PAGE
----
Building the Ability to Grow through Change in Your Life!

  • Posted on: 4 September 2020
  • By: Leonard Shostak

I have experienced a lot of change this year, some good, some bad, and most unwanted. Yet, by using the same tools that I work with my clients to develop, I found it much easier to recognize, process, and grow from the changes and transitions.

The biggest change, and the hardest for me to deal with, is the new social distancing. That’s because, while going to events and parties, I get my energy from the people around me and physical touch. That is now not a safe thing to do for the foreseeable future.

In the midst of the pandemic, we drove our youngest son to college, a major home life change. My work life has changed, too: clients I’ve been working with for years (or even decades) are either on hold or no longer in business; my new clients are looking to change themselves—not the world around them.

I was prepared and excited for my son to move on to his next stage of life, so it was an easy, welcome, and positive change. But I was not expecting the pandemic and all the changes and disruptions that it continues to cause. One thing that has helped me through all this change was realizing that there is no “should” in the way things are.

In addition to not having the “American” belief that things should be a certain way, I was also able to capitalize on my well-practiced ability to take life day by day and to continue to improve myself with online classes and workshops. This strategy continues to work for me, and it enables me to help clients develop the skills and ability to do what’s best for their own happiness and not what others want or expect them to do. For many of my clients, the recent changes have been dramatic, due to circumstances beyond our control. Over the past six months, some clients were unable to maintain their carrying costs, forced to shut down, or their own clients stopped engaging them due to the pandemic. Being able to help them understand the concept of “should”—and how they can shed those constraints—has helped reduce transition-related stress and allowed them to see the brighter side of early retirement.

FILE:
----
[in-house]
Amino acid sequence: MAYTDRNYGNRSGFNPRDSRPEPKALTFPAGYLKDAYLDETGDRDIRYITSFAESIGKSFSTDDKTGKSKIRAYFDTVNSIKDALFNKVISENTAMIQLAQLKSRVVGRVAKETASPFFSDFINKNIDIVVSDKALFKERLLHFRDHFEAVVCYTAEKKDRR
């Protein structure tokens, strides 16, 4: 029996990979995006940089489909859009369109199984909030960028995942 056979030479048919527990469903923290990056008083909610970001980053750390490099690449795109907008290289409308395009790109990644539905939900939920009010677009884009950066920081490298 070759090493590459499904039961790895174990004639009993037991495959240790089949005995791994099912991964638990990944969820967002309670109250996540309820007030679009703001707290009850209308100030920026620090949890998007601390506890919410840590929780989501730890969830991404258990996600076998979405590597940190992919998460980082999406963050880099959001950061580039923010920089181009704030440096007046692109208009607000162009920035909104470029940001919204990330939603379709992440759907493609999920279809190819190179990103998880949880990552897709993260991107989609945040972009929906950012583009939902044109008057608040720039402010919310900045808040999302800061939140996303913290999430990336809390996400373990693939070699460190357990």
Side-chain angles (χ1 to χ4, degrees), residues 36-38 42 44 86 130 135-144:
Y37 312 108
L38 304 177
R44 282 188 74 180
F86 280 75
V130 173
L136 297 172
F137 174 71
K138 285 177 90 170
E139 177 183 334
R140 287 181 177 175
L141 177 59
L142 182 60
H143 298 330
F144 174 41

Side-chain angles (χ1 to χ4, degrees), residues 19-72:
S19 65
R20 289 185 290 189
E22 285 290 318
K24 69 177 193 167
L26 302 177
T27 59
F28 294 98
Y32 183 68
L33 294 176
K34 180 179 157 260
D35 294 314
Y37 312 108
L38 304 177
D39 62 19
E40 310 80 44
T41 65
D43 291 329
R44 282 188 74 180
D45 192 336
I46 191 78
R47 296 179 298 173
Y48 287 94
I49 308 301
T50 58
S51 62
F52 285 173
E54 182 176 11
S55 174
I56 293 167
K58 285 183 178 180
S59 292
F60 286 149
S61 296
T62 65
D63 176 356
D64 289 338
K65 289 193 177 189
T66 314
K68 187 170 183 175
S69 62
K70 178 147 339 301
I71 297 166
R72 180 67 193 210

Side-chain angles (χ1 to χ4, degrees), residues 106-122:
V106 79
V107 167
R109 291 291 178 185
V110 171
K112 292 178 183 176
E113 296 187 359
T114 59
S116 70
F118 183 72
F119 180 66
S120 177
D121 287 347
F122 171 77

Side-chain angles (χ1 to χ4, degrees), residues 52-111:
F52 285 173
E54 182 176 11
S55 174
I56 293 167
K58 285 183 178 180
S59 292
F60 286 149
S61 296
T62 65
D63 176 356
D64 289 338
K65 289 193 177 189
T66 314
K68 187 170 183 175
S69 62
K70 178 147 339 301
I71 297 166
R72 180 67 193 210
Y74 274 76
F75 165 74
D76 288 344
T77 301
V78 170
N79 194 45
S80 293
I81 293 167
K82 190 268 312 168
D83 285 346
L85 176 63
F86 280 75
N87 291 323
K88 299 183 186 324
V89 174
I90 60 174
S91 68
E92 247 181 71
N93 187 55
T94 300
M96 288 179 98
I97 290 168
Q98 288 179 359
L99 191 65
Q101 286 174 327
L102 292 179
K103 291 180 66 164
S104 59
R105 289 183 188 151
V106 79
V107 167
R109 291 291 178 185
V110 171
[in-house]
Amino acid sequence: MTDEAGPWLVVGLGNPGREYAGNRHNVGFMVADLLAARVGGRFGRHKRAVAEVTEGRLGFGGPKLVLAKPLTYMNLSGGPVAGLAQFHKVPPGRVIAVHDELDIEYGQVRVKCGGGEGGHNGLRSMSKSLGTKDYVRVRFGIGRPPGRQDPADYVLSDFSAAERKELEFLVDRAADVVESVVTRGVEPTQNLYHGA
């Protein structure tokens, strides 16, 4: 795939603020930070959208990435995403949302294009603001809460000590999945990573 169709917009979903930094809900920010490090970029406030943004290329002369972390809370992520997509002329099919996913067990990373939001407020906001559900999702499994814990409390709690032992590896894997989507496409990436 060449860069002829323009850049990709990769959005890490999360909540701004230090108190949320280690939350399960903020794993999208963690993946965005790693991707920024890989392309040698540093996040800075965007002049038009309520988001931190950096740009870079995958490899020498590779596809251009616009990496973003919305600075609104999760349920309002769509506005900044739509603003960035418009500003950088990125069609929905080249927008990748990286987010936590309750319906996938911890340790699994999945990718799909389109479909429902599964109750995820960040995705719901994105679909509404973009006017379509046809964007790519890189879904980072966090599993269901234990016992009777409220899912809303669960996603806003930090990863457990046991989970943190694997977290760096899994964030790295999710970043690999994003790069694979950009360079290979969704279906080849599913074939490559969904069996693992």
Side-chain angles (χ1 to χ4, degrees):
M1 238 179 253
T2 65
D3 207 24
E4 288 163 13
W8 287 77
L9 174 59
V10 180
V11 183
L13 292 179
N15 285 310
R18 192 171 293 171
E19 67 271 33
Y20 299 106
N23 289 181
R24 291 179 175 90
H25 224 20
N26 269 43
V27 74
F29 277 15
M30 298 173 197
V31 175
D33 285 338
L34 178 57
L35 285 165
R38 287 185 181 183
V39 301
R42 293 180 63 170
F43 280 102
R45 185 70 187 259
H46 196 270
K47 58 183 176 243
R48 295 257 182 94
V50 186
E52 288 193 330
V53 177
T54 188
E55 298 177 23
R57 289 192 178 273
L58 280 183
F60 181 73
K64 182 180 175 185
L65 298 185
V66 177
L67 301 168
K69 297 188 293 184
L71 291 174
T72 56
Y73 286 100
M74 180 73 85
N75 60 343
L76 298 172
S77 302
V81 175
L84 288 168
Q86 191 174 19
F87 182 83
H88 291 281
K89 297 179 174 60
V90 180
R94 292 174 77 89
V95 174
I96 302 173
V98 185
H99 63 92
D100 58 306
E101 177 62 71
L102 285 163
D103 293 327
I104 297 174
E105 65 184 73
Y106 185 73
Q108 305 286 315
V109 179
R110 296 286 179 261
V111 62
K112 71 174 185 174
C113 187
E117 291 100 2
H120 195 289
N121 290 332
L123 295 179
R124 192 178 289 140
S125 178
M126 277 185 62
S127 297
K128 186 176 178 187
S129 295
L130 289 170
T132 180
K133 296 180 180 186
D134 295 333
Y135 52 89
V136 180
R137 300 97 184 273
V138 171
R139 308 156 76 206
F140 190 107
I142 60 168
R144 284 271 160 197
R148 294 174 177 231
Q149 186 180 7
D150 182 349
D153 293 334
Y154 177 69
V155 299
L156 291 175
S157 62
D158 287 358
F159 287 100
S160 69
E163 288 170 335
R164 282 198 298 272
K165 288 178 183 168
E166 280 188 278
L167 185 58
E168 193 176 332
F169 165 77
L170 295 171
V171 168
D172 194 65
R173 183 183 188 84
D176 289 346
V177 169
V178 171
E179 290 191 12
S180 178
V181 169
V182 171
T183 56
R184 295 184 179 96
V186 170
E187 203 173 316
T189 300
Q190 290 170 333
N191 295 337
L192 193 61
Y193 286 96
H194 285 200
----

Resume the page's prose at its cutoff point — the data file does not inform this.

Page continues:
For example, I had clients who were hoping to sell their business and retire, but instead, yet they ended up having to leverage their client base to get a job at another, similar business. In their 60s, they suddenly have to answer to someone else! The mental change they have to process and continue to process is huge. While I worked with them to transition their business, I incorporated life coaching strategies to help them cope and move through the change that they were going through.

This brings me to why I have transitioned from a technology and business consultant to a life/business coach. (Learn more about my services here.)

When I coach clients, we don't just work on solving a business or money problem; we work towards gaining a better understanding of why they have made or continue to make decisions and choices, and accept limitations—and the corresponding effects on different aspects of their lives. Based on where they want to be—not just where they are coming from—I guide them through the process of making decisions that will move them to a great new worldview. I help them understand and work through the range of changes they encounter (including those that are forced upon us). As a result, anew are able to thrive and grow as we go through change, instead of being diminished by it.

Having the skills to improve ourselves when change is forced upon us is crucial. As I go through expected and unexpected changes, this knowledge has enabled me to have greater insight; and, when working with my own coach and participating in coach-improvement groups, to enhance my own happiness. After all, I couldn’t help my clients be happier if I wasn’t working on improving my own life satisfaction.